During the May 30 and 31 session, the parties entered in to four tentative agreements that brought changes to Article 41 (Bereavement Leave), Article 43 (Leaves with Pay), Article 44 (Leaves without Pay), and Article 59 (Computer Workstations).  In Article 41, the Universities agreed to expand the definition of “immediate family” and increase the number of accrued days one can use for such leave.  In Article 59, the Universities offered, and the Union agreed, to permit those who use computer workstations to request an ergonomic assessment and allow equipment determined beneficial by the University as a result of the assessment to be purchased.  Prior language limited the equipment to a wrist rest only.

The parties also traded proposals on an additional 11 Articles, among which included Article 10 (Union Rights), Article 53 (Reclassifications), and Article 55 (Work Schedules).  The Union stated across the table that Articles 10 and 55 are among its top priorities.  The Universities advised that a number of the issues presented in the Union’s proposal on Article 10 (Union Rights) were currently being addressed by the Legislature and may become part of the Public Employee Collective Bargaining Act.   As a result, the Universities were choosing to wait for a decision with respect to the legislative process so that it could assess the new law and make an appropriate counter proposal.  Regarding Article 53 (Reclassifications), the Union rejected the Universities proposal to create an appeals process that would be reviewed by the Chief Human Resources Officer of the University, rather than going to an arbitrator for a final decision. The Universities each believe this change would streamline the current, lengthy process when an employee disagrees with a reclassification decision. This, the Universities said, is a top priority for them.  Finally, with respect to Article 55 (Work Schedules), the parties are working on issues related to alternate work schedules and telecommuting.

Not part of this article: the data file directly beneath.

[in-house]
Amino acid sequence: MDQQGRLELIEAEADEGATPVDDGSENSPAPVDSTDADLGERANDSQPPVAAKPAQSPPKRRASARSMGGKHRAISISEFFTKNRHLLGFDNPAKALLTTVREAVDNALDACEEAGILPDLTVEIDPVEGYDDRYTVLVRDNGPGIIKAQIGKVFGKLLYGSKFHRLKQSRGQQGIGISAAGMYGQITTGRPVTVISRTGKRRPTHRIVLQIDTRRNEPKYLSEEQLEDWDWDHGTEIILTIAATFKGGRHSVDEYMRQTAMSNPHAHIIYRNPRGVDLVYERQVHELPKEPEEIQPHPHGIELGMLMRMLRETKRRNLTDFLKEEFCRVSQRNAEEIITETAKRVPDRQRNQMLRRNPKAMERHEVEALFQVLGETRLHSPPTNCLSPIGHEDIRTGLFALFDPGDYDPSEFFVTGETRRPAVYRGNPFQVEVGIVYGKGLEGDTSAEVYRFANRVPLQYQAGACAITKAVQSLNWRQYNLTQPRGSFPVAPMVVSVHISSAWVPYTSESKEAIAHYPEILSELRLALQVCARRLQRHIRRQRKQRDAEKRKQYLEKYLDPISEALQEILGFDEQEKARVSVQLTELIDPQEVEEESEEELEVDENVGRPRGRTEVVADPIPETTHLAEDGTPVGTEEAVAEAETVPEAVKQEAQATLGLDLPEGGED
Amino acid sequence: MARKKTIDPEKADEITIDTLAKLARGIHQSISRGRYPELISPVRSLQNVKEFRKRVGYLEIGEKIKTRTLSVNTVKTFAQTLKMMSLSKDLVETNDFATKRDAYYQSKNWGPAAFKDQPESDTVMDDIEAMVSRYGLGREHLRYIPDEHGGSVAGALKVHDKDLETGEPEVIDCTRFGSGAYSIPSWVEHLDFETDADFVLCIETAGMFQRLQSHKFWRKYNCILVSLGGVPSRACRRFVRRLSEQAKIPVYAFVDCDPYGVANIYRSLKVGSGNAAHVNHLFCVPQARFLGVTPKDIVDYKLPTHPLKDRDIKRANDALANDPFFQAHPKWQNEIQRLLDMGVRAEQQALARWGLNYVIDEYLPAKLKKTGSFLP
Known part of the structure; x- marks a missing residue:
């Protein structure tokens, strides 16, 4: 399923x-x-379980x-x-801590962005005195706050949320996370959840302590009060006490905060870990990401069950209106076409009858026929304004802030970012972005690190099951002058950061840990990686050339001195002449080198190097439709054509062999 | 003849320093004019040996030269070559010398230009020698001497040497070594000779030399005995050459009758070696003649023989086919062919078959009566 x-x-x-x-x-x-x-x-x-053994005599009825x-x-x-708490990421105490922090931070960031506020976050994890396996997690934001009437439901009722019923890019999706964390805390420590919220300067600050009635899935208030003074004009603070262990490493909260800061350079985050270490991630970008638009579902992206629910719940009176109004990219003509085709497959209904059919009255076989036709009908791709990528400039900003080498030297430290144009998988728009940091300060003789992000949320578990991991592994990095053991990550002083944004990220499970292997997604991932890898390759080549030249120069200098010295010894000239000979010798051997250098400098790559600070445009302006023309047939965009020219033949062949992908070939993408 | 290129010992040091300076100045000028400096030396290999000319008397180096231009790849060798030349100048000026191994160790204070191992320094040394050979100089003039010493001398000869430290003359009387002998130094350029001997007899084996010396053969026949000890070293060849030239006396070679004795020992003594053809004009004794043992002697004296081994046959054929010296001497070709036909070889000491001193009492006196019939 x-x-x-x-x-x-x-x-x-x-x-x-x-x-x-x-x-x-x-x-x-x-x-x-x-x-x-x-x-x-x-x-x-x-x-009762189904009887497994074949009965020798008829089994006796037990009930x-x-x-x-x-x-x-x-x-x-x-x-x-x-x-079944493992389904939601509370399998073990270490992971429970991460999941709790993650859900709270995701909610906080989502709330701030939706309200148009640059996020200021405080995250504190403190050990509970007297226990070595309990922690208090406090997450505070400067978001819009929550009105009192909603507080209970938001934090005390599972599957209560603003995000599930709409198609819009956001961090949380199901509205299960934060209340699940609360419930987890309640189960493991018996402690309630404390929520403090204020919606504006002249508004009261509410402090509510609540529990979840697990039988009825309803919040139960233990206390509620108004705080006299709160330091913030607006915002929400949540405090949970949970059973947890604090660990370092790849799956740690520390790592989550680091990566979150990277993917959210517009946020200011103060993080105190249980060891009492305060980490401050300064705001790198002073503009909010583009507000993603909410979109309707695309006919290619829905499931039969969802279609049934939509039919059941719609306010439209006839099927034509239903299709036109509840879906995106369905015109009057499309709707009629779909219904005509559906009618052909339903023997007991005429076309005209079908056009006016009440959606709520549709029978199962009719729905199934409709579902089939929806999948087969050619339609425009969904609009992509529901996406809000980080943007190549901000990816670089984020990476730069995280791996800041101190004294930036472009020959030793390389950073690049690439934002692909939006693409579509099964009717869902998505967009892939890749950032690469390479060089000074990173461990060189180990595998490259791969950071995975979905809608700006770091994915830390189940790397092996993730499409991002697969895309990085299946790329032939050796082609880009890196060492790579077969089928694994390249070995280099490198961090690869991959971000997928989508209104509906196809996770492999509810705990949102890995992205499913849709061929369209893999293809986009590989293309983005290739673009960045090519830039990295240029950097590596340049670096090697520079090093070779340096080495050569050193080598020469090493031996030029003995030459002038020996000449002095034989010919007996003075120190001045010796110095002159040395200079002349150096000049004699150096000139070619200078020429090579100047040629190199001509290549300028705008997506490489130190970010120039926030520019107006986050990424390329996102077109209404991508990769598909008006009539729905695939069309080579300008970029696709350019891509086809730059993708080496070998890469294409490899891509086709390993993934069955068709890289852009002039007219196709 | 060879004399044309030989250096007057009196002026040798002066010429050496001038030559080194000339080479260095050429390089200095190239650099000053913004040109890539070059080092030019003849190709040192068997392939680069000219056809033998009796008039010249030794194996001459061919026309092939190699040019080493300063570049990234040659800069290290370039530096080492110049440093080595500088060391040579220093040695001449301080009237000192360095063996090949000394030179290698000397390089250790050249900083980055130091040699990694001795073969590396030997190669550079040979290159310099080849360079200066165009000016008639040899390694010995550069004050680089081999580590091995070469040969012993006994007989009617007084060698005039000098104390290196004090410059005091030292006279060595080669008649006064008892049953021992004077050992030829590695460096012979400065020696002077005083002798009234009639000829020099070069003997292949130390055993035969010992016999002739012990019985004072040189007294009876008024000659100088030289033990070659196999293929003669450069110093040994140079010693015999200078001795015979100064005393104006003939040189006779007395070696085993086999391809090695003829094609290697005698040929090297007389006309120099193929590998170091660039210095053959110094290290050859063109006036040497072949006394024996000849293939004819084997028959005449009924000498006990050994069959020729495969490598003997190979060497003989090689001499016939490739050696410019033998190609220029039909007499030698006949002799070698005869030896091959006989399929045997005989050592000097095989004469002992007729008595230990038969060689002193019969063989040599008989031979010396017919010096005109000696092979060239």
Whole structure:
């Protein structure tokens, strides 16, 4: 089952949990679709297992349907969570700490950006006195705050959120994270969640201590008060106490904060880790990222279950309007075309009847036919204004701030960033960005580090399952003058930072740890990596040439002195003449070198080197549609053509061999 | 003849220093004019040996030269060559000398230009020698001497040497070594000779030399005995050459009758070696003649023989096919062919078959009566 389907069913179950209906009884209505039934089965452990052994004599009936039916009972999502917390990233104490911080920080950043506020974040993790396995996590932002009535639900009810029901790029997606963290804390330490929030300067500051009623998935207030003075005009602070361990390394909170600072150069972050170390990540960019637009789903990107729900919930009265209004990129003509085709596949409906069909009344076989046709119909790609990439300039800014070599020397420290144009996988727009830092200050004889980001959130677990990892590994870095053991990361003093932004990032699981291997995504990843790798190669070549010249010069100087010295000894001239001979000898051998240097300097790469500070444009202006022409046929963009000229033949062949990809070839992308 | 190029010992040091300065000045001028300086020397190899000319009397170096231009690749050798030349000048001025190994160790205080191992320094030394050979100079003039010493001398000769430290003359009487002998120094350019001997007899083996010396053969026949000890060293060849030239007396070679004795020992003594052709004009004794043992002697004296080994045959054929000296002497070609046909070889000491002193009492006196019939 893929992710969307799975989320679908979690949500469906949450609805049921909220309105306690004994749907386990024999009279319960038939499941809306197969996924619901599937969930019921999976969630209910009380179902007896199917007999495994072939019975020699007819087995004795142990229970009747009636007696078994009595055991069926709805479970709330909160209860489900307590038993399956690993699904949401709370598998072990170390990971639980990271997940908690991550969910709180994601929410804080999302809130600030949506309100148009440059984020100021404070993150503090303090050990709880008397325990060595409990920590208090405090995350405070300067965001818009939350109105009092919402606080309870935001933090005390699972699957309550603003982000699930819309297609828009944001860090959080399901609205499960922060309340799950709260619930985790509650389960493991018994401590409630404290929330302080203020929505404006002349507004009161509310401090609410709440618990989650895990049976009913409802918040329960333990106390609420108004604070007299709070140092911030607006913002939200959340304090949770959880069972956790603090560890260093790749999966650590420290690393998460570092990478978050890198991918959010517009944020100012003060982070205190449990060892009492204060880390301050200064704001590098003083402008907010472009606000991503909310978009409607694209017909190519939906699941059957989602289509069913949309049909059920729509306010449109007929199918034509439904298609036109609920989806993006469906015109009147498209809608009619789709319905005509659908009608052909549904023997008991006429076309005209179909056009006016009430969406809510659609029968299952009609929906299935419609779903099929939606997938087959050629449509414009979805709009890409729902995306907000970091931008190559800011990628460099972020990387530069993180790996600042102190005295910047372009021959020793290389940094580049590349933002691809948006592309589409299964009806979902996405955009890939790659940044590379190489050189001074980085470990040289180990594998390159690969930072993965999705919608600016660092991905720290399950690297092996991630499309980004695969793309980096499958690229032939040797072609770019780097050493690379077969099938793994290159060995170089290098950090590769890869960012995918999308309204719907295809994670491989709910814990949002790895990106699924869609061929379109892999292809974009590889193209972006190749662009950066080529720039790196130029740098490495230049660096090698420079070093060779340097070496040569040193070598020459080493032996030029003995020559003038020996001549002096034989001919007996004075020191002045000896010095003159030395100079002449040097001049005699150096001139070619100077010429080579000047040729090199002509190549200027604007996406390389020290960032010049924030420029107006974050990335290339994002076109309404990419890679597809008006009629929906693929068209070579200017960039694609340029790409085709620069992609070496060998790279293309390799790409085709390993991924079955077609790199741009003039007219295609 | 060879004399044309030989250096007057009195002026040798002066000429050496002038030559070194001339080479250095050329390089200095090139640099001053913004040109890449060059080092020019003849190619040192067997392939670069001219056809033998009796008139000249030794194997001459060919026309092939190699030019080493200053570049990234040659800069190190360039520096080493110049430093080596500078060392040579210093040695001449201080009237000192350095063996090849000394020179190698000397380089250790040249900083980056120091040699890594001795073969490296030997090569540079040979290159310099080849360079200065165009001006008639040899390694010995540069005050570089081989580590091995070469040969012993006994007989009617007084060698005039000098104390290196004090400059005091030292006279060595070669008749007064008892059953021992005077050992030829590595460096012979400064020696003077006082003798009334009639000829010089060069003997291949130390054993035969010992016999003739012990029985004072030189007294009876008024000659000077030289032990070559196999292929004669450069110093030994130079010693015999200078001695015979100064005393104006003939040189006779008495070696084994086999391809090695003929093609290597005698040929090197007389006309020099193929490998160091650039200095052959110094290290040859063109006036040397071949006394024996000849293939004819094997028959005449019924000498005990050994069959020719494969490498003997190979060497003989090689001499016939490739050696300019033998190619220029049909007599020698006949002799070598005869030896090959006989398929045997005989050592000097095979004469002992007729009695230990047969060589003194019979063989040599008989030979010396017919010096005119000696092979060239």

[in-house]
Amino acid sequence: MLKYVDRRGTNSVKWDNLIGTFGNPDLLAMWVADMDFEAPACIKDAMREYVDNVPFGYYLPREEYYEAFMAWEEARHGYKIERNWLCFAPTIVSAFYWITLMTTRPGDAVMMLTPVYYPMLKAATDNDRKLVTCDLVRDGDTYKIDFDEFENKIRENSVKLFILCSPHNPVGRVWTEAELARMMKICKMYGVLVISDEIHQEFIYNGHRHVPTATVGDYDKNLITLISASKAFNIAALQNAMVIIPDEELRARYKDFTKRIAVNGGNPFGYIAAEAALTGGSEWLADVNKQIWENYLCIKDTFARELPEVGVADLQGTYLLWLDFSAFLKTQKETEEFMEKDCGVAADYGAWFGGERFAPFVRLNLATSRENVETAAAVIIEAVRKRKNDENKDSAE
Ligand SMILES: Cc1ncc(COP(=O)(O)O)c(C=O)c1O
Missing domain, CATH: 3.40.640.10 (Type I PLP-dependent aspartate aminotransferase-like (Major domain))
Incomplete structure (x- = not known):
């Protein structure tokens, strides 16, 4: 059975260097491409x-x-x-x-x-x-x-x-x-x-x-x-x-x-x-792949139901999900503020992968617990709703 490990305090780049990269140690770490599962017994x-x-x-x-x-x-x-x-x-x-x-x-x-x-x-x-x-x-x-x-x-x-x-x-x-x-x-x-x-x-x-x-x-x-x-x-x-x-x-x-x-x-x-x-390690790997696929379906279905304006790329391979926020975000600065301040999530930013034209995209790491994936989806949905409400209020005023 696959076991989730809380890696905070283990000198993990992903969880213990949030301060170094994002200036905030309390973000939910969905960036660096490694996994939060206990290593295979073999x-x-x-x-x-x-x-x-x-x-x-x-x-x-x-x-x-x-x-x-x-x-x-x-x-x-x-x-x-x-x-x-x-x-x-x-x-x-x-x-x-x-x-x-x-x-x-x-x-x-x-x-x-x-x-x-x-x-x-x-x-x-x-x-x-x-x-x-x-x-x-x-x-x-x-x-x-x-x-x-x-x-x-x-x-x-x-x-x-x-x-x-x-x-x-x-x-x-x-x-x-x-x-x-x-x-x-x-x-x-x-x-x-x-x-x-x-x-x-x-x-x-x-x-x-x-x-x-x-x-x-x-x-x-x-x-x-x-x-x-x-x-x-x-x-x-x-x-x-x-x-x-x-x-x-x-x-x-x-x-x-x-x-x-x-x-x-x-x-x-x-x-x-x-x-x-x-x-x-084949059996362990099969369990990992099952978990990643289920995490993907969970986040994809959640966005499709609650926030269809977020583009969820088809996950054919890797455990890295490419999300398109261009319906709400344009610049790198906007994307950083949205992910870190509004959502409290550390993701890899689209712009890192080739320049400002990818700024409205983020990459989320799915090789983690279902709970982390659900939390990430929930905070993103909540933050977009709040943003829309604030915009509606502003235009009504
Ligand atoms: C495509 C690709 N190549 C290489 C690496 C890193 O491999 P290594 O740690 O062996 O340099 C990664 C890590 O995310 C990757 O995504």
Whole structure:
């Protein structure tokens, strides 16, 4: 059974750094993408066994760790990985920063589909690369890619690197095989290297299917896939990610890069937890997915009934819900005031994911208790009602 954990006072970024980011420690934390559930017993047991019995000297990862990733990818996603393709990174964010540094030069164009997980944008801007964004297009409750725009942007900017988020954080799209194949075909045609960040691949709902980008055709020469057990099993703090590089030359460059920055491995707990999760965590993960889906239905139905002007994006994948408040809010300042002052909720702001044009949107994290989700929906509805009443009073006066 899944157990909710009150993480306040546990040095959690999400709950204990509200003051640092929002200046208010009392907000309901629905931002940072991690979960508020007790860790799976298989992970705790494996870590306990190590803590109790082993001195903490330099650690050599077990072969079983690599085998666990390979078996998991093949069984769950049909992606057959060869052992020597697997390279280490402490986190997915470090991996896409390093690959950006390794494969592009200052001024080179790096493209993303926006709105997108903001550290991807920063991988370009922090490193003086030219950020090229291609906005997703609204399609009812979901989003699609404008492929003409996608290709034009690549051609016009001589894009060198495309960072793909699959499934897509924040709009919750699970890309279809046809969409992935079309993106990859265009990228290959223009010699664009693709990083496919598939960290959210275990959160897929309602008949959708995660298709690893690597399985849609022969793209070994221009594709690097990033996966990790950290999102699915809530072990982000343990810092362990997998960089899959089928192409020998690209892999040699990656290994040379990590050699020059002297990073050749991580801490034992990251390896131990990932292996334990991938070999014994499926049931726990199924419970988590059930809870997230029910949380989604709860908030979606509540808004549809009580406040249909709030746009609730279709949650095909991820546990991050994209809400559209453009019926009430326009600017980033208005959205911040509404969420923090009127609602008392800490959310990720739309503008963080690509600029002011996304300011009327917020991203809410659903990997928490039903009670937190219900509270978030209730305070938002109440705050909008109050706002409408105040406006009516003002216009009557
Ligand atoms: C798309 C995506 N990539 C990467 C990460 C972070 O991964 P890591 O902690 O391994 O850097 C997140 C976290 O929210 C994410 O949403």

The parties are set to resume negotiations on June 19 and 20 at Western Oregon University and again on June 27 and 28 at Portland State University.